Of the $3,447 in taxes and charges levied on a typical $588,000 single-family house in 2017, about two-thirds are municipal property taxes, including for police.

Assessment jumps will leave many townhouse and apartment owners facing higher tax bills

Most single-family houses will see similar tax bills to last year, thanks to lower assessment jumps

BC Assessment giveth and taketh away.

After assessments spikes left single-family house owners feeling the brunt of last year’s tax increase, it will be townhouse and apartment owners who are on the hook this year.

The 2.47 per cent tax requisition increase proposed last fall was given the thumbs up by council Monday. But how that translates to individual properties will depend on whether owners saw their assessments increase by more or less than the citywide average.

In 2016, single-family house assessments significantly outpaced that of townhouse and apartments. And because all types of housing fall under the same residential classification, that meant that most houses drew significant tax increases come last July, while townhomes and apartments frequently saw decreasing tax bills.

The reverse may be happening this year, after a spike last year of townhomes and apartment assessments. With most strata units seeing value increases beyond the residential average of 18 per cent, their tax bills are set to rise considerably – a year after many saw a tax reduction.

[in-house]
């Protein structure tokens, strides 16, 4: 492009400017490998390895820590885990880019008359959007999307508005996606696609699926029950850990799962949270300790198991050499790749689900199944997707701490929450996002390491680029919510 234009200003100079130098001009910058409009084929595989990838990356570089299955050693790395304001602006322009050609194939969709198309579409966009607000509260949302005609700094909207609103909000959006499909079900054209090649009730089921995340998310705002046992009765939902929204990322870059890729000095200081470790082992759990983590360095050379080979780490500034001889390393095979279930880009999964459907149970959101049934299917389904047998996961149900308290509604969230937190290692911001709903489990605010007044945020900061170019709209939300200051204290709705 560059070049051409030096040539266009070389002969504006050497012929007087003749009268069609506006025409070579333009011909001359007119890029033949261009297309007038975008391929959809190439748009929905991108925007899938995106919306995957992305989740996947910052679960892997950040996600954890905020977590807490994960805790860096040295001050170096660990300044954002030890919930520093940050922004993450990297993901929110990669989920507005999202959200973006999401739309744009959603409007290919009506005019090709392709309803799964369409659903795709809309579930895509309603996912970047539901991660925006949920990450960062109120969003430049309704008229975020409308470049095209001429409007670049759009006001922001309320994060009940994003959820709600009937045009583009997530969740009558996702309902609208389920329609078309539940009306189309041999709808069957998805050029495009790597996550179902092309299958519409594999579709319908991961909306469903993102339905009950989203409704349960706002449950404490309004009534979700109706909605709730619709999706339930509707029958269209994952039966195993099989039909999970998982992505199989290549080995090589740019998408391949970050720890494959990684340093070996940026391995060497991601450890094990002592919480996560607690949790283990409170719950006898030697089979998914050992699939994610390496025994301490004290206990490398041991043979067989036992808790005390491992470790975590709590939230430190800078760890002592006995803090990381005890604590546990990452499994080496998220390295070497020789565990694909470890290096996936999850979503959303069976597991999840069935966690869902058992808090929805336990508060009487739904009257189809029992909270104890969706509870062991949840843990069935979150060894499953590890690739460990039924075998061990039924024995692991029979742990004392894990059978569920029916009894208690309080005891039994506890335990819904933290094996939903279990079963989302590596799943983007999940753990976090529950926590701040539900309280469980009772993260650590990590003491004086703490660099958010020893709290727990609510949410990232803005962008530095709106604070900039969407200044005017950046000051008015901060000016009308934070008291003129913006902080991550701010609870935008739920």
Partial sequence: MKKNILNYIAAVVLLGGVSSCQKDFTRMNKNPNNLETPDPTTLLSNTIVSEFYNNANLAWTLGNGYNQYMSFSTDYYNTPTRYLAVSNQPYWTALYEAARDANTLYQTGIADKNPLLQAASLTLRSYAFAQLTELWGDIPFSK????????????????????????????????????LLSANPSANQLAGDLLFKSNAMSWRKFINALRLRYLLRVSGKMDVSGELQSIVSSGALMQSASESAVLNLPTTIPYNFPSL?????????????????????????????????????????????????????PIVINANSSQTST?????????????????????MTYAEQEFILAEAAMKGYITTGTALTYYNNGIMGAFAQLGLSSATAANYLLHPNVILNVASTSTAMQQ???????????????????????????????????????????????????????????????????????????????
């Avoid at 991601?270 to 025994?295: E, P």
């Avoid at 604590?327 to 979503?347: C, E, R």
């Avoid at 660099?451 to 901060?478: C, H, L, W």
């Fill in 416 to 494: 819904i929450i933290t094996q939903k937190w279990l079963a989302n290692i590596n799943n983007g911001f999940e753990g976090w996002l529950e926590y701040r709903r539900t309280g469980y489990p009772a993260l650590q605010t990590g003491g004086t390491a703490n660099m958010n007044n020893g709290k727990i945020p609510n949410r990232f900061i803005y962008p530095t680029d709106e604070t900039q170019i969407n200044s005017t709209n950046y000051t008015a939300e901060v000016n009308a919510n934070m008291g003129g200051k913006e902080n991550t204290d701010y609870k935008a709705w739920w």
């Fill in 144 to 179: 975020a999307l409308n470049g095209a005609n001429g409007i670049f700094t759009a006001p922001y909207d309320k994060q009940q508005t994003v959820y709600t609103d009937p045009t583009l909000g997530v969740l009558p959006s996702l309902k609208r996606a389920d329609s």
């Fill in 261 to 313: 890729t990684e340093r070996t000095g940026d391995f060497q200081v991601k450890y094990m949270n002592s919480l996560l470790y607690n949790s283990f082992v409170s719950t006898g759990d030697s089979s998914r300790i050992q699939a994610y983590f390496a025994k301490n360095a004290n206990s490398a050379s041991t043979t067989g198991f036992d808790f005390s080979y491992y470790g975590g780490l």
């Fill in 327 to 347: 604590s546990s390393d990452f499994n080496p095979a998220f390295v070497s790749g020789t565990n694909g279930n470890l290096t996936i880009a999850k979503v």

The 2.47 figure was arrived at based on the increase to the “municipal price index” the city uses to track inflation on goods and services it purchases.

The increasing home assessments have also turned the tables on Mayor Henry Braun’s goal of reducing the disparity between tax rates for residential and business properties. Braun stated during the 2014 municipal election that he would like to see the rate for businesses no more than twice that of residences.

But differing changes to assessment rates means that to do so would require significantly hiking taxes for homeowners. A 2016 proposal to decrease the ratio downward was shelved and then abandoned, with an analysis by The News showing that such a move would see tax rates cut for businesses but triple-digit tax increases for most homeowners. The city has been keeping with past practice and applying tax rate increases uniformly and will do so again this year.

And with another year of residential assessment increases, the business-to-home tax rate ratio will rise to just shy of three-to-one in 2018.

Coun. Ross Siemens expressed hope that could decrease next year, as new industrial developments come online and the business tax base broadens. In the meantime, Braun said the city’s business tax rates remains competitive with other Fraser Valley municipalities.

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